The list of big-name companies saying they will pull advertising on Facebook and other social media platforms increased over the weekend, as they join an effort intended to curtail hate speech and other divisive content. But Facebook (FB) stock and Twitter (TWTR) stock reversed after falling in early trading and were up in recent action.
Over the weekend, Starbucks (SBUX), PepsiCo (PEP), Jim Beam, Levi Strauss (LEVI) and Diageo (DEO) announced plans to stop running ads on Facebook and elsewhere in some cases, for varying lengths of time.
Coca-Cola (KO) said it will stop paid advertising on all social media platforms globally for at least 30 days. Starbucks did the same, saying it would do so “while we continue discussions internally, with our media partners and with civil rights organizations in the effort to stop the spread of hate speech.”
Facebook stock initially dropped 4% then bounced back. It climbed 2.1%, closing at 220.64 on the stock market today. Twitter stock, which initially fell 3%, climbed 1.5% to 29.49.
Short-Lived Impact For Facebook Stock?
Raymond James analyst Aaron Kessler, in a note to clients Monday, said he expects the duration of boycotts for most advertisers to be short-lived.
“We believe the financial impact during the third quarter will be minimal, assuming no large expansion,” Kessler wrote. “We are optimistic that Facebook’s recently announced changes will help alleviate advertiser concerns.”
Kessler maintained a strong buy rating on Facebook stock.
The decision by companies to not advertise came after several civil rights groups, including the Anti-Defamation League and the NAACP, created a campaign that wants ad spending pulled from Facebook for the month of July. The groups are protesting what they say is the company’s failure to make its platform a less-hostile place.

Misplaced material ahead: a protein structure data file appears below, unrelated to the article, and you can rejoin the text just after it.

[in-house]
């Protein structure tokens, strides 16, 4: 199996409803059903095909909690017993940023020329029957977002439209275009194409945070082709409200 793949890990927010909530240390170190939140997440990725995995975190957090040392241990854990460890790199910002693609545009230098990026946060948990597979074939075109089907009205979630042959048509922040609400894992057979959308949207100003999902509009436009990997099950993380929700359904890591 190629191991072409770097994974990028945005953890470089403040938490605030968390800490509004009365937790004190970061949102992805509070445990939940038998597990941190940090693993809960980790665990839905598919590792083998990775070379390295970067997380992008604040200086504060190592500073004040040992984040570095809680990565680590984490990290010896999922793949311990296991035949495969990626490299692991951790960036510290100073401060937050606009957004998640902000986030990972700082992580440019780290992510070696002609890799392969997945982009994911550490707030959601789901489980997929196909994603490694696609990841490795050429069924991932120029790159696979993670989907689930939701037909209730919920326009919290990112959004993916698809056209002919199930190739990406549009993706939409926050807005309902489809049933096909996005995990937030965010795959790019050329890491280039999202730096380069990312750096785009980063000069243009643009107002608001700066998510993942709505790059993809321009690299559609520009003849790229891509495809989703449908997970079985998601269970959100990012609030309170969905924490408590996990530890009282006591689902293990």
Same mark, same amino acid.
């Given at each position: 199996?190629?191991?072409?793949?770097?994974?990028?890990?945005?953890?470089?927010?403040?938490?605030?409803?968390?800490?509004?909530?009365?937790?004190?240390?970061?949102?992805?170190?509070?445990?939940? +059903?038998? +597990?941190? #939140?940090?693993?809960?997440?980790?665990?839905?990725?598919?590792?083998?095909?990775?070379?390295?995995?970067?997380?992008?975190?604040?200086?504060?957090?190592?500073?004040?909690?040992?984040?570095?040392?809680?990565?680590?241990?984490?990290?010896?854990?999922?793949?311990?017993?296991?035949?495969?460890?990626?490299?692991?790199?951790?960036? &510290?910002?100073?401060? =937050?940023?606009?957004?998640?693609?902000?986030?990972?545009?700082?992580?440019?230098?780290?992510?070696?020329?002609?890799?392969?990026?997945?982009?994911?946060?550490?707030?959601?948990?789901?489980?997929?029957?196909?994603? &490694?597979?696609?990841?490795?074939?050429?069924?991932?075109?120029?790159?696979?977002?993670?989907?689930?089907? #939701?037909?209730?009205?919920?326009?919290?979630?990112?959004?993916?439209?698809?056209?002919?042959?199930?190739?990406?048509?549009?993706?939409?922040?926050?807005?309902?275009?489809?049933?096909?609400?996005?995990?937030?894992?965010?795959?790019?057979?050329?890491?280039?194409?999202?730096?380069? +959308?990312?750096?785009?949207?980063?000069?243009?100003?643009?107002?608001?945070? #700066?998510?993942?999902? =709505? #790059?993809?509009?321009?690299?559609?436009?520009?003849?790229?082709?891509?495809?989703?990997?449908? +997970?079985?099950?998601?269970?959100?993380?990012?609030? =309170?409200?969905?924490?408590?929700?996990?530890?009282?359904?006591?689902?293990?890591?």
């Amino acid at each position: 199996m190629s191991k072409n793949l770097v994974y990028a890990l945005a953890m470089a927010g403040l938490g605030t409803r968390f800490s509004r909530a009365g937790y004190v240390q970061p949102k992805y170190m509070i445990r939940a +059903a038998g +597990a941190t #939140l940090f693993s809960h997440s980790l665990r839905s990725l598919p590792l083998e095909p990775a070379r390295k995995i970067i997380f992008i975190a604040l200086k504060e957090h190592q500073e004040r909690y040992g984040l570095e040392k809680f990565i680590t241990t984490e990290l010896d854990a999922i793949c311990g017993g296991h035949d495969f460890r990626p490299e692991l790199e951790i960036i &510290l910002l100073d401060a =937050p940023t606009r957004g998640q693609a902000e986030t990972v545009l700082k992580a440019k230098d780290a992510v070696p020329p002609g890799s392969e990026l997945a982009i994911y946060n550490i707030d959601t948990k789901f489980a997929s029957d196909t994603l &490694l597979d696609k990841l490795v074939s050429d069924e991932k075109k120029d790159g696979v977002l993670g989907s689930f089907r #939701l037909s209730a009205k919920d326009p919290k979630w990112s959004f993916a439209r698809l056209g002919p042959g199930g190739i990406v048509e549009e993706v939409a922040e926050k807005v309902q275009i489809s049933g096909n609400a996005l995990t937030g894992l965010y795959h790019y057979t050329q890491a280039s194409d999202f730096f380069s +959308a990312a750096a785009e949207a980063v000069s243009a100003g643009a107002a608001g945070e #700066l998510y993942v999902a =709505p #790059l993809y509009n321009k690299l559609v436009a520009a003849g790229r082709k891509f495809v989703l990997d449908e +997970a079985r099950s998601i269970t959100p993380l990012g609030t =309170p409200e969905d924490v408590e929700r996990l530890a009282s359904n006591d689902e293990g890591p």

Boycott Impact On Social Media
On Friday, Facebook stock dropped 8.3%. That happened as consumer goods giant Unilever (UN) said it will stop advertising on Facebook, Instagram and Twitter for the rest of the year. Facebook stock recently hit a record high. It was holding up as the ad boycott got underway, until the Unilever decision. Since hitting a record high of 245.19, Facebook stock is down about 12%.
The ad boycott against Facebook is known as “Stop Hate for Profit,” which began after the death of George Floyd. In addition, it calls for Facebook to do more to stop hate speech and misinformation. Facebook is also the owner of Instagram. Twitter wasn’t a target of that boycott, but it has also come under scrutiny among advertisers.
Other companies and brands agreeing to boycott Facebook for varying lengths of time include Verizon (VZ), Patagonia, Unilever-owned Ben & Jerry’s, North Face, Eddie Bauer and Recreational Equipment.
On Friday, Facebook Chief Executive Mark Zuckerberg in a Facebook post outlined a number of initiatives to address hateful content as well as the 2020 election.
Defusing Boycotts In The Past
Ad boycotts are not new to Facebook. It has faced them in the past and defused them with policy changes.
Facebook gets about 98% of its revenue from advertising. It has more than 8 million active advertisers, the vast majority of them coming from small and medium-size businesses.
Neither Facebook nor Twitter responded to a request for comment.
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